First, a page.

Extensive engagement with the private sector has been integral to the Roadmap since its inception. With the advent of the priority actions, engagement with the private-sector engagement was strengthened to ensure it was occurring at all the necessary levels, from the technical to the strategic.
The FSB hosts Cross-border Payments Summits that bring together senior executives from the payments industry and senior policymakers to discuss strategic developments in cross-border payments and how the public and private sectors can further collaborate in taking forward the initiatives that are most likely to contribute to achieving the G20 targets by the 2027 target date (2030 for remittances).
The first Summit was held in October 2022 and the second in February 2024.
FSB Taskforce on Legal, Regulatory, and Supervisory matters (LRS Taskforce)
The FSB’s LRS taskforce was established in 2023 and serves as a mechanism for regular engagement between the public sector and senior managers from the private sector that helps to support the implementation of the G20 Roadmap. LRS members are senior managers with significant experience and direct responsibilities related to cross-border payments in the areas of compliance, legal, cross-border operations or risk management. An important goal for the FSB is to have a diverse membership from a geographic and business perspective, both within the LRS taskforce and between the LRS taskforce and the complementary Bank for International Settlements’ Committee on Payments and Market Infrastructures (CPMI) Taskforce on Cross-border Payments Interoperability and Extension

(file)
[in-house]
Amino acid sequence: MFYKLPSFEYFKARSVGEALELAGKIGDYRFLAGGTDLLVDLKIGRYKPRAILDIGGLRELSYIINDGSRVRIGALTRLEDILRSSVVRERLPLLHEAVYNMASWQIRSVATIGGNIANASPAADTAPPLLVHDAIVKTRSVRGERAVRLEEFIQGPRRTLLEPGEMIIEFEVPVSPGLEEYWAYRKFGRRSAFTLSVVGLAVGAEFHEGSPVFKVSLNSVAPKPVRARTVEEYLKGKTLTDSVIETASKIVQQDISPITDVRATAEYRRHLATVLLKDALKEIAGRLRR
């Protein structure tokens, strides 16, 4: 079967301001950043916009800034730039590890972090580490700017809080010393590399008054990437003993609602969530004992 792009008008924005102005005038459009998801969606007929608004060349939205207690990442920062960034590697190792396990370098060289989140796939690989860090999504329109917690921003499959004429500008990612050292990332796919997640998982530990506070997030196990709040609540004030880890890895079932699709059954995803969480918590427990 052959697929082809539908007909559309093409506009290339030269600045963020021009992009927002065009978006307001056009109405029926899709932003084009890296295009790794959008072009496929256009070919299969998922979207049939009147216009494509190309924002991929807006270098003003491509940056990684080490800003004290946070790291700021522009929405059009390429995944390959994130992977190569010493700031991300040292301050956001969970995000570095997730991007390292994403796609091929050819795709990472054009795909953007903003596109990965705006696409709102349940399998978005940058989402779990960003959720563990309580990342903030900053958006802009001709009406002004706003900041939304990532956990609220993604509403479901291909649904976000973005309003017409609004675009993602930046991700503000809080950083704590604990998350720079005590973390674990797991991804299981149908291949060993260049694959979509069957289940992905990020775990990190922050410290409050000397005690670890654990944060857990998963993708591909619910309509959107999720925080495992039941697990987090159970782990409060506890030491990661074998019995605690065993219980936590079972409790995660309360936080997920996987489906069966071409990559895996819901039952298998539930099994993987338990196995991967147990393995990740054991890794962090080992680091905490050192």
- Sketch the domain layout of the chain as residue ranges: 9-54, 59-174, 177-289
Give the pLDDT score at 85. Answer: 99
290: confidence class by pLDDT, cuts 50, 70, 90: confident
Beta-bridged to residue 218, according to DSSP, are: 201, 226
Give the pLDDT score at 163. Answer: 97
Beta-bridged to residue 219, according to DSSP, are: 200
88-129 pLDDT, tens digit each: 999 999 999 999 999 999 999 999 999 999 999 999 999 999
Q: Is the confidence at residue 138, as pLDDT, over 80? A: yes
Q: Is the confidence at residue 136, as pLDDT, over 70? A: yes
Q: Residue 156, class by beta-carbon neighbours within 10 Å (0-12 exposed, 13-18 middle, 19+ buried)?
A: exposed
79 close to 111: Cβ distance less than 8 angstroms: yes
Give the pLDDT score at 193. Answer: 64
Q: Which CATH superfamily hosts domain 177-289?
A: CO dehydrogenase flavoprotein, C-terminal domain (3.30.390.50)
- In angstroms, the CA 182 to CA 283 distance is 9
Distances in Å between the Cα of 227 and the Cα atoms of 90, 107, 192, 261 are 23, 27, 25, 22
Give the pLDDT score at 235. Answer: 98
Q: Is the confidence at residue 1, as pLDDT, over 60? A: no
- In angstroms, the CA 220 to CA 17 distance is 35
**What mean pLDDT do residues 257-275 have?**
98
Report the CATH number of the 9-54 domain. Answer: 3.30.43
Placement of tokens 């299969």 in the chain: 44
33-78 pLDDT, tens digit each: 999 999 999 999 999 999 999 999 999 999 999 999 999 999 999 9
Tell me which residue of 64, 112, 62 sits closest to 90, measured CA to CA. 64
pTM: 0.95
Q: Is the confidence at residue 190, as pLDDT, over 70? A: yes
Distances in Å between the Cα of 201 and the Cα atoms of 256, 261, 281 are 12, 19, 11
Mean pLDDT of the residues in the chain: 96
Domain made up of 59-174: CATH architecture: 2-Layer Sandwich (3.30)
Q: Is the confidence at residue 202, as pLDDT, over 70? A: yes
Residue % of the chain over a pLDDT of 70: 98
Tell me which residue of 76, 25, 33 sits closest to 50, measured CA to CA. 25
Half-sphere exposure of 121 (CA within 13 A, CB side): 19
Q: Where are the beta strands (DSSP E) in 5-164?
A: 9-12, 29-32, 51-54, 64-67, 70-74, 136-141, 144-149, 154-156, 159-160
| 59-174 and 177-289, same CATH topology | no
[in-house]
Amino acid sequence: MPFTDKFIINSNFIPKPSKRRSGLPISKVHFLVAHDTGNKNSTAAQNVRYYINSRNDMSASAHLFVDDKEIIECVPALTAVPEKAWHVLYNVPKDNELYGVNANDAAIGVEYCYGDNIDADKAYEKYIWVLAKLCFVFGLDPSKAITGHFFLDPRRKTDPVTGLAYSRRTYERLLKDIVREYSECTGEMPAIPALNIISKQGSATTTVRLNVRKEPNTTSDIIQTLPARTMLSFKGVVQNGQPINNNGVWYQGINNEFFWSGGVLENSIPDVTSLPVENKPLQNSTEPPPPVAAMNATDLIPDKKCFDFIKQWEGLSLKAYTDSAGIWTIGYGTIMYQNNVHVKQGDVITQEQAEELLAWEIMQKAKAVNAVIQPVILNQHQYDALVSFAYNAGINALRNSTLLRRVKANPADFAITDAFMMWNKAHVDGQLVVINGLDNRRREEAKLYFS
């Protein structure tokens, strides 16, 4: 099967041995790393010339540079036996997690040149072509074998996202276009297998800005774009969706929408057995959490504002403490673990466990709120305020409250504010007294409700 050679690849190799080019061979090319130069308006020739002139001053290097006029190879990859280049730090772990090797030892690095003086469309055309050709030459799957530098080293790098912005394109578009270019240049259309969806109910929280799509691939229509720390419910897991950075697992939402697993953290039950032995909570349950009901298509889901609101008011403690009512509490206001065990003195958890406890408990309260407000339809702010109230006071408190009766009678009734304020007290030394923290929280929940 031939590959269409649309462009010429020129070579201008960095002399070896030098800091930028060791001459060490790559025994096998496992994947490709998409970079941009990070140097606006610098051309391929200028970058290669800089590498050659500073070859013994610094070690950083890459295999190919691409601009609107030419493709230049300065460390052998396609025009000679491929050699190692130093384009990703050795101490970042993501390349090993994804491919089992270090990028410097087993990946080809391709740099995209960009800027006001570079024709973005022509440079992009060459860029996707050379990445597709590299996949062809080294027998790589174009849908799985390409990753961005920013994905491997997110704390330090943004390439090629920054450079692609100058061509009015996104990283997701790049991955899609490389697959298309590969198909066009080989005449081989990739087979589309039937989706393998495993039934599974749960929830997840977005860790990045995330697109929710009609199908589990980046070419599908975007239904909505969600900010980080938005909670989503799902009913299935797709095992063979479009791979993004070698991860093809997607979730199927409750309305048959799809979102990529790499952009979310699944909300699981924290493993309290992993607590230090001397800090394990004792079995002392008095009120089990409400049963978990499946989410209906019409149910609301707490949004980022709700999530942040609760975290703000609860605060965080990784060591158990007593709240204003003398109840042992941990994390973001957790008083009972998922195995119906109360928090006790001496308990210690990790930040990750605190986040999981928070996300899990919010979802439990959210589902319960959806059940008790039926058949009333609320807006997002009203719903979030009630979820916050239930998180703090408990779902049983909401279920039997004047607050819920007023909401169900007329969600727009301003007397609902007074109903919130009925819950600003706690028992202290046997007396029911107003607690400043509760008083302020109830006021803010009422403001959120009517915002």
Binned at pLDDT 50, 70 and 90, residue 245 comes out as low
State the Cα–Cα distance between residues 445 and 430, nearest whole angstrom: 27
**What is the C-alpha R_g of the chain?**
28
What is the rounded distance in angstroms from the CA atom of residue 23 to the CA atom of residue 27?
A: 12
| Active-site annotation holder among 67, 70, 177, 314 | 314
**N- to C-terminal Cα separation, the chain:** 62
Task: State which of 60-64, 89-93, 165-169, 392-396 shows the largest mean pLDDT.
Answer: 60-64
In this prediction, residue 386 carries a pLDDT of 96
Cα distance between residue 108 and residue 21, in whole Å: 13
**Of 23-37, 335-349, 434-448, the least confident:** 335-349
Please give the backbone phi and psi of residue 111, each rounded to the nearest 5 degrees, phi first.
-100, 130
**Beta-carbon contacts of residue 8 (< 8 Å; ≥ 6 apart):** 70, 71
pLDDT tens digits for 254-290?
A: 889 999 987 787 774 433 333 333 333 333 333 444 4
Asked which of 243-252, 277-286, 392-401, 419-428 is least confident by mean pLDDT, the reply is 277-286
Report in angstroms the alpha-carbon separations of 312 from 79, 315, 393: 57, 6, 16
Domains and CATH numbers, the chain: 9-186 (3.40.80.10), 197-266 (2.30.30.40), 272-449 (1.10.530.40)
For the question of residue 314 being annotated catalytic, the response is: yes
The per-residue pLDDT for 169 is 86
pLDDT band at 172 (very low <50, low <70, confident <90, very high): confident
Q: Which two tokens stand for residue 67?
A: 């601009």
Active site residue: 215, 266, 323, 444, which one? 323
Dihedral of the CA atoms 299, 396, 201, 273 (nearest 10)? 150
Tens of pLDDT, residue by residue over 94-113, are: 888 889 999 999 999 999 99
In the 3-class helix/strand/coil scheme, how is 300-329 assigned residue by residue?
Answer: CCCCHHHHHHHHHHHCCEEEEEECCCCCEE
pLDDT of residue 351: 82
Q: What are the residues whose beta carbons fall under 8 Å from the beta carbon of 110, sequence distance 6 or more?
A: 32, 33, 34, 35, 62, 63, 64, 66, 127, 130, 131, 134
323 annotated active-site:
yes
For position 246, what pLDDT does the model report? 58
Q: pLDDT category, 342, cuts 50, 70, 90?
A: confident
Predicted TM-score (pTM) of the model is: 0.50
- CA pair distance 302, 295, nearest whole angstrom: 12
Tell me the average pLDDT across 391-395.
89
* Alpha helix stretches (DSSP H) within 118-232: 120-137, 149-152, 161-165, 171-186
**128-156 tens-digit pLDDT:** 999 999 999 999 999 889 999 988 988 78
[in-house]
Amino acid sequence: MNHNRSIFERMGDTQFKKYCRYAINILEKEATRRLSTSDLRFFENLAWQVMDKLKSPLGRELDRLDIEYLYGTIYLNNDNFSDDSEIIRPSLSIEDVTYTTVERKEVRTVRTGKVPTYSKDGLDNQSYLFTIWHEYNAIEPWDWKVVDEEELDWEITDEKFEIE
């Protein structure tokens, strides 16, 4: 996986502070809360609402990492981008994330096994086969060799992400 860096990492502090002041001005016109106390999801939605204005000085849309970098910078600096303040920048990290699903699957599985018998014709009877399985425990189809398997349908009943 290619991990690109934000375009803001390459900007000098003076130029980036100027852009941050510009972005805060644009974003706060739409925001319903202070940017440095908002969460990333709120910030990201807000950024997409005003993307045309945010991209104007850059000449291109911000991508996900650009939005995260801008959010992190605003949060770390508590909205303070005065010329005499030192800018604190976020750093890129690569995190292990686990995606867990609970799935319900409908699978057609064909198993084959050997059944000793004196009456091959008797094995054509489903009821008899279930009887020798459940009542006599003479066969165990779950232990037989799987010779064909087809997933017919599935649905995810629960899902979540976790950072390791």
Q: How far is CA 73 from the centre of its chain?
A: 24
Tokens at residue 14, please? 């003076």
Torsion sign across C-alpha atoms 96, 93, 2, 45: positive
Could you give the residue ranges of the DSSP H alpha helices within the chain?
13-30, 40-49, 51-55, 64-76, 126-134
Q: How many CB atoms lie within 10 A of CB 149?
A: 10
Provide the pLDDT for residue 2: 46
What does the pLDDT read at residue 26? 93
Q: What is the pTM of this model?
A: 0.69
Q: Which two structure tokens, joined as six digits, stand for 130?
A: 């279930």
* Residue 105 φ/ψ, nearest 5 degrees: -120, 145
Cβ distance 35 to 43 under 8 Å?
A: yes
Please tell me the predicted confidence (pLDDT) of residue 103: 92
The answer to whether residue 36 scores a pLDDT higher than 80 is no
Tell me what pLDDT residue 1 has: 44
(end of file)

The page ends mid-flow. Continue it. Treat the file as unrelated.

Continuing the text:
The goal of the LRS taskforce is to strengthen private-sector participation in taking forward the G20 Roadmap by:
providing input and feedback on frictions in legal, regulatory or supervisory frameworks related to the provision of cross-border payments and relevant data-related frameworks (e.g. how differences across standards relate to cross-border payments or in their regulatory implementation, or how a lack of harmonisation between data frameworks contribute to the challenges faced by cross-border payments)
contributing to analysis of potential areas for action that could address the identified frictions